The most commonly abused classes of prescription drugs are amphetamines, opioids, and central nervous system (CNS) depressants. ADHD stimulants are simply legal speed and may cause heart failure, seizures, anxiety, psychosis, heart and brain damage, among other potential health complications. CNS depressants such as Xanax and Ambien also cause confusion, impaired judgement, slowed heart rate and blood pressure, and, like any depressant, can lead to overdose and death.
Prescription pain killers, or opioids, are the most commonly talked about abused of prescription medications. According to the CDC, pain killers caused over 71% of deaths attributed to overdose in 2013. They are well known to cause addiction and many heroin users first became addicted to prescription pain killers.
Illegal drug use is by definition extremely dangerous. The side effects vary by substance, however, due to their homemade nature they are all potentially life-threatening. There is no way to predict what you are actually getting given their lack of quality control.
People often think that using “just once” will not cause horrible health consequences, however, this common misconception has led many an individual to ICU or the morgue. All it takes is one bad batch to kill dozens of people.
Intravenous drug use is the most dangerous delivery method. IV drug users have the very real potential to overdose and die due to the high potency and potential for miscalculation regarding dose. Using needles also runs the risk of contracting deadly disease and, possibly, passing it on to someone else.
Inpatient rehab programs are decidedly the most effective approach for the treatment of addiction. Located in a residential facility with 24/7 medical supervision, inpatient rehabilitation centers have the added benefit of removing the addicted person from people and places associated with their using.
Outpatient care gives the individual more freedom and costs less than inpatient programs. Outpatient treatment programs allow the person to attend groups on a part-time basis and do not require a leave of absence for work or other activities. This is a less intensive treatment approach, generally reserved for those who are more stabilized.
Inpatient and outpatient programs both provide people with life skills and coping mechanisms critical for their successful victory over drug and alcohol addiction. A variety of different therapies are used, as what works for one person may not be as effective for another.
Cognitive Behavioral Therapy, or CBT, is the one of the preeminent methods for treating the disease of addiction. A form of psychotherapy, CBT helps people understand and challenge negative and destructive thought patterns by replacing them with positive and constructive ones. Through this therapeutic approach the individual learns why and how certain thought processes occur and how his or her behavior has negatively affected themselves and others.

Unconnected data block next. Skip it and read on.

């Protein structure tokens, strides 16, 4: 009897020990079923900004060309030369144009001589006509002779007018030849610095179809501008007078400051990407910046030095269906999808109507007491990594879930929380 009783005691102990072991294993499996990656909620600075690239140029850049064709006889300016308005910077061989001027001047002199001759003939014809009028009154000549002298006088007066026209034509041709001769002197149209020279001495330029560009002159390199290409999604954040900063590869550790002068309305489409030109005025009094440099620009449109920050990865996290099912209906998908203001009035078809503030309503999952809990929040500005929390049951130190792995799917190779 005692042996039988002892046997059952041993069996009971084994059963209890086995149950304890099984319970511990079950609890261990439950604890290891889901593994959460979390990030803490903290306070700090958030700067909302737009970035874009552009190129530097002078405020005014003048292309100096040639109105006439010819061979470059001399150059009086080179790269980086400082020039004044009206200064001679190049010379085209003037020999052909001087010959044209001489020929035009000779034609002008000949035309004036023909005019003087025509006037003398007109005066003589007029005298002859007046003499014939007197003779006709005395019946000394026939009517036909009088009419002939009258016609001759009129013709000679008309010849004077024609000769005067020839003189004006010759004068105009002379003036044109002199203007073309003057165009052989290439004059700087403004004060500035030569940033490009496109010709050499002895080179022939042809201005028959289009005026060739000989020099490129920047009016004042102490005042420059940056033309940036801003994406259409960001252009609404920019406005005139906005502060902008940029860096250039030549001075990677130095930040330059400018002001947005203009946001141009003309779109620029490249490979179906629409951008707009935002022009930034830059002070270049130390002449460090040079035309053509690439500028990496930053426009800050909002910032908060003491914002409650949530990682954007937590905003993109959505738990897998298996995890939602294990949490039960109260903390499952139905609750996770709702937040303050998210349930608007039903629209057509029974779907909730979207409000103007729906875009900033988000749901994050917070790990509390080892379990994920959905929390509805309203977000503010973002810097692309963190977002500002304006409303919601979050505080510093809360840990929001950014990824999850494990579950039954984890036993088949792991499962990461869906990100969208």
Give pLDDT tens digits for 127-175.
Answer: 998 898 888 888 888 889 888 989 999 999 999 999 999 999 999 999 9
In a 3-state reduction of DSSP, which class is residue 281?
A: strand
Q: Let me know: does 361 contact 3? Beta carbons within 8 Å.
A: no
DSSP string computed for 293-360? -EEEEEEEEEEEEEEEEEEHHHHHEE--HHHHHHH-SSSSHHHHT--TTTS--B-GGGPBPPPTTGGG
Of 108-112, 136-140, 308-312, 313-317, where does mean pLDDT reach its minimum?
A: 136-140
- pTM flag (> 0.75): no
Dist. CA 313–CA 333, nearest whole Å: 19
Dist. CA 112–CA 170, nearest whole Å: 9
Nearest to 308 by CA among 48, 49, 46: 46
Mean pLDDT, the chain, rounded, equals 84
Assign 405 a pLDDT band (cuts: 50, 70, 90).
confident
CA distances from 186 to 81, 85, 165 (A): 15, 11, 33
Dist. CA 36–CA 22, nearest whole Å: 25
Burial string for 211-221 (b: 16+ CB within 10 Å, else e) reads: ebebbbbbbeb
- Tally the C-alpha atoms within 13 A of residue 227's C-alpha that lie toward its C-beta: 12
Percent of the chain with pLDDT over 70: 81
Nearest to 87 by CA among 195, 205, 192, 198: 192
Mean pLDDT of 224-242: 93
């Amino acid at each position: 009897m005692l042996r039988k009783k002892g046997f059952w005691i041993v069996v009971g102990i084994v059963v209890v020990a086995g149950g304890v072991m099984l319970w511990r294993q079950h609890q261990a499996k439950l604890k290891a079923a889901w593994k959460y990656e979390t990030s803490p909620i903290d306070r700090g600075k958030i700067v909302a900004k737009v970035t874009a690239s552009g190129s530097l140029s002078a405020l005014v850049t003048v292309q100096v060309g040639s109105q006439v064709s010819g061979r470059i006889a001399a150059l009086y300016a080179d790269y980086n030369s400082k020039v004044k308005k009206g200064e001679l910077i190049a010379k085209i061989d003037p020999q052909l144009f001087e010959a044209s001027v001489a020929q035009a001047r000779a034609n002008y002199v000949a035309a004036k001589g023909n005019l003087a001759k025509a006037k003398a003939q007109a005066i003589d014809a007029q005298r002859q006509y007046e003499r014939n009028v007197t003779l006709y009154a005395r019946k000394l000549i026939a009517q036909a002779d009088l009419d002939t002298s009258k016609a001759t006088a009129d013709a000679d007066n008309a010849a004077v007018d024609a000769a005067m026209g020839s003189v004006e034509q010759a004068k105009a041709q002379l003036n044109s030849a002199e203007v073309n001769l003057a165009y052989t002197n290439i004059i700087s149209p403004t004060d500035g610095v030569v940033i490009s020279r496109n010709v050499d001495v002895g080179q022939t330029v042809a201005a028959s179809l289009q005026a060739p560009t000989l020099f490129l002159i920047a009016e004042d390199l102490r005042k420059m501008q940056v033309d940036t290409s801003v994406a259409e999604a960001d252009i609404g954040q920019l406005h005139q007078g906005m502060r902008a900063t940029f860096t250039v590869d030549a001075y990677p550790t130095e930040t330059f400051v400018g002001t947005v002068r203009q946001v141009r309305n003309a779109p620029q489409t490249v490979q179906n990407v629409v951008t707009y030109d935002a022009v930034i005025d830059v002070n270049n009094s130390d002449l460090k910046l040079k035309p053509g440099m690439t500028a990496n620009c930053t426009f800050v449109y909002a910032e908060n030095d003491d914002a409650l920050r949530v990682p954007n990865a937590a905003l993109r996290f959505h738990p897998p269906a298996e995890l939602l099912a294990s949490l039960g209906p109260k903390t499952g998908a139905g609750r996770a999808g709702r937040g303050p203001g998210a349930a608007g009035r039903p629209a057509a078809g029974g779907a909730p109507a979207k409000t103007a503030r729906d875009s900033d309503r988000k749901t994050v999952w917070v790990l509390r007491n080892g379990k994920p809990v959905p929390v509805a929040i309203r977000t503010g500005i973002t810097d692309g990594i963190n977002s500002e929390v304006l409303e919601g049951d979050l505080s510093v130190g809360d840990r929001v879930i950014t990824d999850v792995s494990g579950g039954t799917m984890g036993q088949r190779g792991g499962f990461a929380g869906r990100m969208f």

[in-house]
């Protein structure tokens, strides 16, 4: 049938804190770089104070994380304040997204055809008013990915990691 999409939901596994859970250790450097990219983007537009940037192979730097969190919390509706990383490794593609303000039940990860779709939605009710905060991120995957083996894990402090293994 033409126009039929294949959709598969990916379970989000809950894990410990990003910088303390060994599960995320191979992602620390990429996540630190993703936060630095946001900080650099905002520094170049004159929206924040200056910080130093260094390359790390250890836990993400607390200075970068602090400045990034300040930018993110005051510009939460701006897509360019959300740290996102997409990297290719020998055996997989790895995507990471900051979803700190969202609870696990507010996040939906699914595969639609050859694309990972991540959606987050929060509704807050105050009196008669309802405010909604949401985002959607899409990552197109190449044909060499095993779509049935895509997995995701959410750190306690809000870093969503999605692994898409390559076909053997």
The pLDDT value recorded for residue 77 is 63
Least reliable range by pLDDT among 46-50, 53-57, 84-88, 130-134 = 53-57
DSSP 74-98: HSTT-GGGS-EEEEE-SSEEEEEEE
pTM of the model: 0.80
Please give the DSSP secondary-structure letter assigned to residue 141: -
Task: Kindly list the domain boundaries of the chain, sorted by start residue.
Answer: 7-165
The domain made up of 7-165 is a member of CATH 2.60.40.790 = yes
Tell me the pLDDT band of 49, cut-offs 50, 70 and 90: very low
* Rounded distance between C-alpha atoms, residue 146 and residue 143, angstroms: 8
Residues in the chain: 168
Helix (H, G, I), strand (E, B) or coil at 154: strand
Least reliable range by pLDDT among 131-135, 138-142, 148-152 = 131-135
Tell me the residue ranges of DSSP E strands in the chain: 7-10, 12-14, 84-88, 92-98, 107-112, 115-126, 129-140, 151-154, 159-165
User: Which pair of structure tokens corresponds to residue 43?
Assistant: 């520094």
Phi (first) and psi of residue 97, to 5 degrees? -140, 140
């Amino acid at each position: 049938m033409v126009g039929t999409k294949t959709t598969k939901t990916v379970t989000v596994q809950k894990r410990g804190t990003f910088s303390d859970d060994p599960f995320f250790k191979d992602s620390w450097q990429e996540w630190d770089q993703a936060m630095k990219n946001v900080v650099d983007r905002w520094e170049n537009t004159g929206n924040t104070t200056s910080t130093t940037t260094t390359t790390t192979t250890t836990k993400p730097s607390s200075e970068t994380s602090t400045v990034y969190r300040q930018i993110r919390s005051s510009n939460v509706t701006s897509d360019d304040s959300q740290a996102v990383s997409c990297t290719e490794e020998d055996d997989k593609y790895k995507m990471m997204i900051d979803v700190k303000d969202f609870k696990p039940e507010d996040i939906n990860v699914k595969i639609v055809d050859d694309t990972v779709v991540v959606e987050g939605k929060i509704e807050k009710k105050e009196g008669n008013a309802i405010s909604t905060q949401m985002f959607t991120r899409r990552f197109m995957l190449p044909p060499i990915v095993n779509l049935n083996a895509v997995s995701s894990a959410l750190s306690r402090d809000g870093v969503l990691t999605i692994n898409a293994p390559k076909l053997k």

Group therapy is another proven therapeutic method for addiction treatment. In group therapy sessions, the individual is able to give and get feedback and form connections with others in the group. This model allows for the formation of strong bonds among members, as well as support in a safe and comfortable loving peer run environment.
Lastly, family therapy helps people in recovery. Family members attend classes on addiction and meetings along with the person struggling with addiction to work through past issues. All family members are armed with coping skills and taught communication techniques to better interpersonal relationships. This prepares the family for the addicted person’s return home and helps maintain new healthy boundaries.
There is Hope
The more a person understands about addiction, the better their odds of beating this destructive and baffling disease. It may be extremely difficult to communicate with an active drug user in a productive and meaningful way. If someone you love is struggling with the disease of addiction, give us a call at 1-318-402-4900. We have professionals who can answer all of your questions and can give you information about staging an intervention and other ways to help your loved one.
Many have been in the same situation you are. Don’t give up hope! Those who are in recovery, assert that their lives are spectacularly better than they could have dreamt possible while they were using. It takes courage and perseverance but the path of recovery is easy compared to the hardships that come with drug addiction. It is never too late to start down the road of recovery. If you are struggling with drug addiction, give us a call and get the help you need and deserve! 1-318-402-4900